By Mason Mohon | @mohonofficial
Facebook has been on fire lately. And this is not the type of fire that means you’ve been trending and achieving. This is the fire that signifies a burn to the ground.
It is the fire that results from the masses realizing that you have sacrificed psychological freedom on the altar of crony corporate profits mixed with disgusting, primitive democracy.
On Monday, the Federal Trade Commission officially announced it was moving forward with an investigation surrounding the actions of the social media giant. They are doing this in response to a week of privacy scandals implicating that Facebook may have engaged in unfair acts, resulting in “substantial injury” to its users.
What exactly happened, though? Few know the full story, with bits and pieces trickling through their Facebook feed, ironically.
An organization by the name of Cambridge Analytica, a data analytics firm, was used as Steve Bannon’s secret weapon in the 2016 election to gather data about 50 million Facebook users and create psychological profiles that would allow them to target. They would do this by utilizing fabricated stories and eventually sway voters in favor of the desired candidates.
We know this because Christopher Wylie blew the whistle on the operation. He was integral to the development of the program, having close ties with it every step of the way.
Yeah, it wasn’t the Russian boogiemen. It was Steve Bannon utilizing Mark Zuckerberg’s platform to get as close to mass mind control as he could, leaving privacy in the ditch with every opportunity.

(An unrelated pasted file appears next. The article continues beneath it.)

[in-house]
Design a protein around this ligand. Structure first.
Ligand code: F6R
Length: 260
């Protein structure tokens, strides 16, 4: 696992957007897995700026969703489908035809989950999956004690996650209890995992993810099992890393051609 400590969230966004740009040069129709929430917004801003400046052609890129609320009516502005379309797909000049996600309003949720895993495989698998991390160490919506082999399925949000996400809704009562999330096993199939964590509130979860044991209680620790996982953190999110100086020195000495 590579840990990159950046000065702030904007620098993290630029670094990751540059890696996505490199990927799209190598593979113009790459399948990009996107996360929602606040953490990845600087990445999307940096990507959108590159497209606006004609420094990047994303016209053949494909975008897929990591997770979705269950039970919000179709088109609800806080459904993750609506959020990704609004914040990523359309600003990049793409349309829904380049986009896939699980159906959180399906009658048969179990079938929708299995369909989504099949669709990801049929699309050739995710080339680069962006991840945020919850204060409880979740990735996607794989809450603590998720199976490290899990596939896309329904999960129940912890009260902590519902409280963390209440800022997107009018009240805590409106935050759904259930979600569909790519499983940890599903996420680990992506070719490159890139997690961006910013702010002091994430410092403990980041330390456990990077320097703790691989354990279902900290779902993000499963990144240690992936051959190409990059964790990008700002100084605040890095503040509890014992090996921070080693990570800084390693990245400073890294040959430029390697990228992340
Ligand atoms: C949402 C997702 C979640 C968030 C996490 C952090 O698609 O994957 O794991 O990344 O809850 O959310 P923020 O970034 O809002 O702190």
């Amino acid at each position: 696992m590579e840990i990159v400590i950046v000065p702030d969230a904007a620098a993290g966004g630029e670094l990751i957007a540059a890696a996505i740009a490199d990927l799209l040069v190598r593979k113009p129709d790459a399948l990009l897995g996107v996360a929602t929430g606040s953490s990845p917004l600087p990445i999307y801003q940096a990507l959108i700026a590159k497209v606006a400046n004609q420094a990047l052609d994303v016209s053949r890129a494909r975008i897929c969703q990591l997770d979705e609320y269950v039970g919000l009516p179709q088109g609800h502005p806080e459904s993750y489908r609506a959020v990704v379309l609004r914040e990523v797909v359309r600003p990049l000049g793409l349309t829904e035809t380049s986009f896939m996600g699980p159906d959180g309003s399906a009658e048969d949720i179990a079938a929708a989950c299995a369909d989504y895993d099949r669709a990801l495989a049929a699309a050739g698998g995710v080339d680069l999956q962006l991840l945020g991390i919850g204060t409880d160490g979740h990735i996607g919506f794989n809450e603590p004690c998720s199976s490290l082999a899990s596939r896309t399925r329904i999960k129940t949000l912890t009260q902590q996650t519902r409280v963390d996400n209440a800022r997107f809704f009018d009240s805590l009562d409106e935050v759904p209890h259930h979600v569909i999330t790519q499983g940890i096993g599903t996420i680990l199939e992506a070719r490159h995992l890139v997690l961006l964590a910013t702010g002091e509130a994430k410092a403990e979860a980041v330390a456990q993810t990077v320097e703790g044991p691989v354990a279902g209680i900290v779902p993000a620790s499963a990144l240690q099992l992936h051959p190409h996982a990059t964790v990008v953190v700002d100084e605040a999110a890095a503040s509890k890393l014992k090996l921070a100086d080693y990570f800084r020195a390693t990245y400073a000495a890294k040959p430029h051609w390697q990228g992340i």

To pour gasoline on the fire, a former Facebook manager made clear that hundreds of millions (yes, you read that number right) have had their data reaped for the use of private companies.
In a statement, a Facebook spokesperson came out and explained just how far this data grabbing goes:
“The most important part of apps and services that help you make connections is to make it easy to find the people you want to connect with. So, the first time you sign in on your phone to a messaging or social app, it’s a widely used practice to begin by uploading your phone contacts.
“Contact uploading is optional. People are expressly asked if they want to give permission to upload their contacts from their phone – it’s explained right there in the apps when you get started. People can delete previously uploaded information at any time and can find all the information available to them in their account and activity log from our Download Your Information tool.”
Many have jumped on the bandwagon, including Elon Musk. He removed both Tesla and SpaceX’s pages from the platform, following a challenge from a Twitter user. This has blossomed into a larger movement that has begun to be known as #DeleteFacebook on the tweeting machine.
The market is already deciding. Facebook stocks are plummeting, and people are choosing that they are done with this. Yes, we agreed for them to do these things with our data when we signed the terms of service, and yes we have let Facebook walk all over us before. It is about time we stop. We reserve the right to not be consumers for Facebook and to encourage others to leave too.
As the FTC steps in, and we see the abhorrent actions of such an organization, it is critical that we take this opportunity to exercise our power as consumers within the market. Do your part, and take your data away from Facebook. Don’t let them use your data to allow companies to target you and exert subconscious influence upon you.